Abstract: Lithium and sodium layered cathode materials are usually multicomponent transition metal ™ oxides, and each TM plays a unique role in the cathode chemistry (e.g., redox activity, structural stabilization, surface passivation). Engineering the three-dimensional (3-D) distribution of TM cations in individual primary and secondary particles can take advantage of the depth-dependent charging and passivation mechanisms and enable a path toward tuning local TM–O chemical environments and eliminating undesired cathode-electrolyte interfacial reactions that are responsible for capacity fading, voltage decay, and safety hazards.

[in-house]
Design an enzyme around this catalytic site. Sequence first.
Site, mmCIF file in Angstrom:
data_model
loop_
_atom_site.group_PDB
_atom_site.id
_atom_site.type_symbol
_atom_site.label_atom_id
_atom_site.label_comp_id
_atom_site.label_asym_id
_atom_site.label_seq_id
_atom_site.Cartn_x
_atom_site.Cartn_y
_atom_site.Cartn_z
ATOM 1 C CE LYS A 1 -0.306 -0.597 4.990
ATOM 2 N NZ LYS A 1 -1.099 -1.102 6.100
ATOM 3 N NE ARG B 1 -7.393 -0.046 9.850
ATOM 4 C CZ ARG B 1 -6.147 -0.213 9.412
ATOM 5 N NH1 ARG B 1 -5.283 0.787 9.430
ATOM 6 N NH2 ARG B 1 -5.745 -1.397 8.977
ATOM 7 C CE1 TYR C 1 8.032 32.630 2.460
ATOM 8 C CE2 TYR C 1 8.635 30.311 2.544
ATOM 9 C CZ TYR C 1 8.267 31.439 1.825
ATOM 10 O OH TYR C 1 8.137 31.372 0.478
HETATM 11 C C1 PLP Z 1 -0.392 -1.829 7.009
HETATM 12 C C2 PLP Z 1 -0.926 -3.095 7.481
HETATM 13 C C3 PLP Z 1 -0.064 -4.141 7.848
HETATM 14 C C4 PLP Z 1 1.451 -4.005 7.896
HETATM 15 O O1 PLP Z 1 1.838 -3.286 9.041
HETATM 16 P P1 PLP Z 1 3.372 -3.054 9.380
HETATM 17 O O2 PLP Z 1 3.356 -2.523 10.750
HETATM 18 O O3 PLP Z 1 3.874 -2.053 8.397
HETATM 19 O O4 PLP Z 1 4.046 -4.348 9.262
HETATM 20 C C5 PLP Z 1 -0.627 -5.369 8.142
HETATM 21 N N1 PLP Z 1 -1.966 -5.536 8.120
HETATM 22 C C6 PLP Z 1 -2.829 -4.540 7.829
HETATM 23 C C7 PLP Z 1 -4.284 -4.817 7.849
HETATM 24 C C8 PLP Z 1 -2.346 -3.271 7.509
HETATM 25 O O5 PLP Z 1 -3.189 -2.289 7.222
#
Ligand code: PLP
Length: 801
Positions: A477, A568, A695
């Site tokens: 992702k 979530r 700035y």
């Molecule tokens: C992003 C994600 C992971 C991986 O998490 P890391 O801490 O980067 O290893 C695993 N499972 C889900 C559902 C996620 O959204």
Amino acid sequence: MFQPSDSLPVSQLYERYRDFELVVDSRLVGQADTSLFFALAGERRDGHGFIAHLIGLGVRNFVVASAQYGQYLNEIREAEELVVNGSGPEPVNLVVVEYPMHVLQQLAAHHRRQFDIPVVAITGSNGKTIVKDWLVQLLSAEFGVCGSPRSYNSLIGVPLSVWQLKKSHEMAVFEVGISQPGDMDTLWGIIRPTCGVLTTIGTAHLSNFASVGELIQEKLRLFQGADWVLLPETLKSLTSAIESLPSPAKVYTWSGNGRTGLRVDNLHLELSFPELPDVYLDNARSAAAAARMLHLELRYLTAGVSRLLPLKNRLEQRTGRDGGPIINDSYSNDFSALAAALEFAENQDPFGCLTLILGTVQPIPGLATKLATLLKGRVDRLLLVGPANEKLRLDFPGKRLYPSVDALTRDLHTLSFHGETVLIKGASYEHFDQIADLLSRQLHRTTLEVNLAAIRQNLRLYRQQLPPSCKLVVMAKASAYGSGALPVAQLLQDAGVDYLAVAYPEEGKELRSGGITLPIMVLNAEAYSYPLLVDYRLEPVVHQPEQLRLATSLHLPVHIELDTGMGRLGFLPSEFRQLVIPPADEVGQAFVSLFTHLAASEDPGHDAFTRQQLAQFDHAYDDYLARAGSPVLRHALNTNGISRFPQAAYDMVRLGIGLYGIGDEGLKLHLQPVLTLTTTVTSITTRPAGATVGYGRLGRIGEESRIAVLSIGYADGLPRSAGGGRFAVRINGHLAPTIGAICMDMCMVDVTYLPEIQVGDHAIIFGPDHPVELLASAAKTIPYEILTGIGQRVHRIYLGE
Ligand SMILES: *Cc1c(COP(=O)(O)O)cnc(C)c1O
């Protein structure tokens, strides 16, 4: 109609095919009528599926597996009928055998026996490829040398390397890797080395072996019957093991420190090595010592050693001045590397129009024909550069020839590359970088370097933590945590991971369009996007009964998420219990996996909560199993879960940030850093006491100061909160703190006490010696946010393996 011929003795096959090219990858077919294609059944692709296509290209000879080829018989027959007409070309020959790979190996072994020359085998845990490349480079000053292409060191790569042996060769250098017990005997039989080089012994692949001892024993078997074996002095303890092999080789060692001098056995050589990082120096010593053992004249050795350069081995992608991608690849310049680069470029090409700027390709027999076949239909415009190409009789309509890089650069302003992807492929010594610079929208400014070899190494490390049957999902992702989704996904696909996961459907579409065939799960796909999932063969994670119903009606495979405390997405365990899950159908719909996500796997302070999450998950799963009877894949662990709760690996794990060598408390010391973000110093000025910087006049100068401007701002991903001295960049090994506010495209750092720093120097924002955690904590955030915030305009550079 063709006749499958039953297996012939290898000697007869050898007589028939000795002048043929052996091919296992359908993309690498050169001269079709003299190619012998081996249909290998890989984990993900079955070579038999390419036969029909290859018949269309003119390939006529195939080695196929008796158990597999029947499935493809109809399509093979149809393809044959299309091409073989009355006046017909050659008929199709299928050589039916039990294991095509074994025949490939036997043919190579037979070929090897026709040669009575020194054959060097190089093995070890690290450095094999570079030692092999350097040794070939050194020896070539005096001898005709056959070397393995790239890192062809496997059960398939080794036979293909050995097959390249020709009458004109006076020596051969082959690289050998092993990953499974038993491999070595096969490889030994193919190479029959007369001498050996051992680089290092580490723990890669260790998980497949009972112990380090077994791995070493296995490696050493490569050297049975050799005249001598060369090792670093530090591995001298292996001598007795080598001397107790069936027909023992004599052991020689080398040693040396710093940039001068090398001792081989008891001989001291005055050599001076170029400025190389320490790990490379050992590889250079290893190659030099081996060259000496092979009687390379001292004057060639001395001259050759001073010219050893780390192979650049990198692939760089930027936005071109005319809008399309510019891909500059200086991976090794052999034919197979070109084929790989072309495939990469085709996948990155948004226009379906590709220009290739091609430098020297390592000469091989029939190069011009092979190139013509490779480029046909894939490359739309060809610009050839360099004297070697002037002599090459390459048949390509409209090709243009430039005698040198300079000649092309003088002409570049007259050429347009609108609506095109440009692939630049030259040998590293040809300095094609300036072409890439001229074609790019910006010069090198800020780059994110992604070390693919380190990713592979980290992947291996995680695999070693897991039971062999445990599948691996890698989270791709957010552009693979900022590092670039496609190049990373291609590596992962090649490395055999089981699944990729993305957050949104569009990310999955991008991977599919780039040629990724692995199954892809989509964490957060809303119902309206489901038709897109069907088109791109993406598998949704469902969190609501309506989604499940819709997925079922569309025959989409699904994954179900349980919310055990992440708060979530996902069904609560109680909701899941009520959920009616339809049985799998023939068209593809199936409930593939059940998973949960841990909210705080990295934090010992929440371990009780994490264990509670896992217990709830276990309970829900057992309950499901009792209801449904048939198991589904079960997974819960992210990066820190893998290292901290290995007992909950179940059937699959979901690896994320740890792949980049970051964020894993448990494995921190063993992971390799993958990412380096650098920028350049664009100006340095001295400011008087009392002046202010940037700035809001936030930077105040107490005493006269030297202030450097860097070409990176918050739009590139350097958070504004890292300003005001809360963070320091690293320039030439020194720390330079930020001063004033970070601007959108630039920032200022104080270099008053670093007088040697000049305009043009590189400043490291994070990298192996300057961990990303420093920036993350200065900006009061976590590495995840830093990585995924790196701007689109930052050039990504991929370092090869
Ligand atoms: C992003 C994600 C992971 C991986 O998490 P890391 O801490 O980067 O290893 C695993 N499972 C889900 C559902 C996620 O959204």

In this presentation, we highlight our recent progress in understanding and manipulating the cathode chemistry by using the unconventional design principle of 3-D heterogeneous chemical distribution and advanced diagnostic tools. The presentation will show that “there is plenty of room at the bottom” by tuning nano- and mesoscale heterogeneity to stabilize multicomponent TM oxide-based cathode chemistry in rechargeable batteries.
Bio: Feng Lin is an assistant professor of chemistry, with a courtesy appointment in the Department of Materials Science and Engineering at Virginia Tech. He holds a bachelor’s degree in materials science and engineering from Tianjin University and M.Sc. and Ph.D. degrees in materials science from the Colorado School of Mines. Feng is fascinated by energy sciences, materials electrochemistry, and synchrotron X-ray techniques.